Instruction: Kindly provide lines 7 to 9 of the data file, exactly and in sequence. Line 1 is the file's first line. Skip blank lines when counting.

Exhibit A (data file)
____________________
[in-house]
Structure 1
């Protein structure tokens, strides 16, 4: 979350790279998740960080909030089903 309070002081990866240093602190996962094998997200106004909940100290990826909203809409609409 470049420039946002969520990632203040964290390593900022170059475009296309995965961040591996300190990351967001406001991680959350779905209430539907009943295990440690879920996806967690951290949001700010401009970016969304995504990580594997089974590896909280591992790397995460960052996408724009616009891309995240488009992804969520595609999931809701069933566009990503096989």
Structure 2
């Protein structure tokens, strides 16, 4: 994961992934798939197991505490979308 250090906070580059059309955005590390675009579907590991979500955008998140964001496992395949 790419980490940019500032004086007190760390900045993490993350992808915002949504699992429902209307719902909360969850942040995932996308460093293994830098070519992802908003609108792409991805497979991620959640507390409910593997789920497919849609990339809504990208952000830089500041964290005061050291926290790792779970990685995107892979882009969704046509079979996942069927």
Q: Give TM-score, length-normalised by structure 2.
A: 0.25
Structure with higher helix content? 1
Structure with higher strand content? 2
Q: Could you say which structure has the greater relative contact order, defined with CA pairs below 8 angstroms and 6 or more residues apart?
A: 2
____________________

A: 0.25
Structure with higher helix content? 1
Structure with higher strand content? 2